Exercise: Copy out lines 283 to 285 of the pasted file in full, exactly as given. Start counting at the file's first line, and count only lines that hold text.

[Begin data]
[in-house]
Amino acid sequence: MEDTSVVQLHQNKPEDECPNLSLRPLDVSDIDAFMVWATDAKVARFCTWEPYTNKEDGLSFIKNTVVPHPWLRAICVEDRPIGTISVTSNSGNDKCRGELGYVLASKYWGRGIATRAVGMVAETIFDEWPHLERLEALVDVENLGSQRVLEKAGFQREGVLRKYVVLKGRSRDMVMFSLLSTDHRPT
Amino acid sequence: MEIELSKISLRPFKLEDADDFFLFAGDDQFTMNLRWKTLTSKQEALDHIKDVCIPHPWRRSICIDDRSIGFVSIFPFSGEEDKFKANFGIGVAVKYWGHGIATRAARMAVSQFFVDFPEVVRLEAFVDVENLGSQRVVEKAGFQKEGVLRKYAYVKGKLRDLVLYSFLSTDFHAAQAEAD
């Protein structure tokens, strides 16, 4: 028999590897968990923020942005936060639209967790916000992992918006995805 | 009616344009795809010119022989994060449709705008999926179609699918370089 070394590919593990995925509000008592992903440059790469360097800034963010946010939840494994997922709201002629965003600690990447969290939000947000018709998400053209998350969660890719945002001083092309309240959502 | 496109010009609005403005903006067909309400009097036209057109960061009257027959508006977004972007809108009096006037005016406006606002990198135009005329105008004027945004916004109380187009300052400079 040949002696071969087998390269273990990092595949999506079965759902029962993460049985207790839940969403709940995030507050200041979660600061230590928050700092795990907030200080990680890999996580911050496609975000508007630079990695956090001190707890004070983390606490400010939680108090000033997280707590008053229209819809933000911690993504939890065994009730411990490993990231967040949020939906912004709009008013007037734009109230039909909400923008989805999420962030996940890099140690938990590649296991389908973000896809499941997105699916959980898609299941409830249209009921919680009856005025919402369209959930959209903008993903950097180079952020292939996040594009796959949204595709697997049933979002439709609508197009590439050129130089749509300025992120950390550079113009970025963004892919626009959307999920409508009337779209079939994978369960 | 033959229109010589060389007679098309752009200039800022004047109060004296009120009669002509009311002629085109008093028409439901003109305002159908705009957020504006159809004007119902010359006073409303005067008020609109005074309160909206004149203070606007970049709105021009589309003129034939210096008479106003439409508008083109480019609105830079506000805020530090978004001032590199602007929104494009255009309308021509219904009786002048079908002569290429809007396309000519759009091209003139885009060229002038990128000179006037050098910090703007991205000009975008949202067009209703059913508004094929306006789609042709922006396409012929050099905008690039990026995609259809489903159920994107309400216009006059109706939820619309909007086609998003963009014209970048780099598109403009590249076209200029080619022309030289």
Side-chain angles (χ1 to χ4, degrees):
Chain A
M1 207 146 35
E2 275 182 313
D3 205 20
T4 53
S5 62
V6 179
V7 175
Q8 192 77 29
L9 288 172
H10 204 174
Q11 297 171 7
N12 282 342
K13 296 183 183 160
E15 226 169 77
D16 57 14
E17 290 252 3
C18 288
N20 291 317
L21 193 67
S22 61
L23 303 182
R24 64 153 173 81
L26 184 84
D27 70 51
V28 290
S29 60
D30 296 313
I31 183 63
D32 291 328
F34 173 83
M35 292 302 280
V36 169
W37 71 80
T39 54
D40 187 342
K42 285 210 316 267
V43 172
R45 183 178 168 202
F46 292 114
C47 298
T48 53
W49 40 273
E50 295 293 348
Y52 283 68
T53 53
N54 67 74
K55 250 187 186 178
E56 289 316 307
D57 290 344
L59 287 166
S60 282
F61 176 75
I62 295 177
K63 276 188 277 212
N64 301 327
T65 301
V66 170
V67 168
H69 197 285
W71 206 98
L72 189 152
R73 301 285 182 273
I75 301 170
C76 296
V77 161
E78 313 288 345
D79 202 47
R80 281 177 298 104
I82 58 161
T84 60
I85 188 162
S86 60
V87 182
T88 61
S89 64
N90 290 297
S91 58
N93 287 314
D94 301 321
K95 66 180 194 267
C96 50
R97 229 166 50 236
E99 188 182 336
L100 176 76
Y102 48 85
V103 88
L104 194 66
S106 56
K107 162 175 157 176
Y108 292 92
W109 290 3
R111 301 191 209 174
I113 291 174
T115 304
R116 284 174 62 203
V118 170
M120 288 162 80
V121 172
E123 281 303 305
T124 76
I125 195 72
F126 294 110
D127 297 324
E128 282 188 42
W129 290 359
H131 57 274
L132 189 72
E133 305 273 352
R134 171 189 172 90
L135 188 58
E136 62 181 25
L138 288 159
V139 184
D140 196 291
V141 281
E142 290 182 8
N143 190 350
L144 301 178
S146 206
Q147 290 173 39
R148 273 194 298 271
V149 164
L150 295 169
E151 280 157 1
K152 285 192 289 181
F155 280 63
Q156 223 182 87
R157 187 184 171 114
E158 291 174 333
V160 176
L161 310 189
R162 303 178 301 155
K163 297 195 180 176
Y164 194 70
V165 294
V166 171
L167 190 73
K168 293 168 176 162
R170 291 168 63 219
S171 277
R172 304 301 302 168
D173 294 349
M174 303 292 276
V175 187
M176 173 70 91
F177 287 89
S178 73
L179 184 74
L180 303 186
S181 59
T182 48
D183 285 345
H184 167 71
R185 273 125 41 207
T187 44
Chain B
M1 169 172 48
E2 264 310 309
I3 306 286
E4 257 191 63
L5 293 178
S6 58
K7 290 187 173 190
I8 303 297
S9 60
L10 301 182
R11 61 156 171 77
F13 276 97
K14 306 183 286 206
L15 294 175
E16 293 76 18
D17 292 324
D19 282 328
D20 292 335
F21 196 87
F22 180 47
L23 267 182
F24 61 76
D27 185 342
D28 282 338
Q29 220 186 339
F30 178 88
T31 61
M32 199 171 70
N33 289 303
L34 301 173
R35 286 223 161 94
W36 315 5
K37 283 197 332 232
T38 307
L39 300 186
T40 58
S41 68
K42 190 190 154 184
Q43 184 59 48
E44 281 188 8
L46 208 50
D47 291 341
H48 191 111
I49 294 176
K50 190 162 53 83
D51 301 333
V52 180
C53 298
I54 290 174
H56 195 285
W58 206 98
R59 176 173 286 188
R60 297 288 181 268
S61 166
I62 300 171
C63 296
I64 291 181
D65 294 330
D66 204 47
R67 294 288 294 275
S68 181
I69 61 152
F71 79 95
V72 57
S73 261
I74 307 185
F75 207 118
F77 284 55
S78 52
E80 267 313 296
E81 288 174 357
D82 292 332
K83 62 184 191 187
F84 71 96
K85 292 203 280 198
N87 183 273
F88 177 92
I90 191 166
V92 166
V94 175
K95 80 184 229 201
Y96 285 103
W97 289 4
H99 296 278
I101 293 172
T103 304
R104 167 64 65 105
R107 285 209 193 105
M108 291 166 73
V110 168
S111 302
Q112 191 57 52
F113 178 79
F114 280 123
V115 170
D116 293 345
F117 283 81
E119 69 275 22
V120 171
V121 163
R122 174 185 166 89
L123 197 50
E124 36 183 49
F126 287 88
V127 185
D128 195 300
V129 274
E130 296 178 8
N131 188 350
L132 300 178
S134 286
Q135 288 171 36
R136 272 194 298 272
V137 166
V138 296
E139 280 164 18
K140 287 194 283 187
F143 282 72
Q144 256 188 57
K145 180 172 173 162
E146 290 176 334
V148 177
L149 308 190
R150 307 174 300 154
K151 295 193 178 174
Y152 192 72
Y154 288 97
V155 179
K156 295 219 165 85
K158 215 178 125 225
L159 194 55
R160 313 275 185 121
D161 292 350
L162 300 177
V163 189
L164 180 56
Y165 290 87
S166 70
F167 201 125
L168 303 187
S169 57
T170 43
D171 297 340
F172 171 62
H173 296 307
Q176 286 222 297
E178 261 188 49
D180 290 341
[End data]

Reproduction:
E146 290 176 334
V148 177
L149 308 190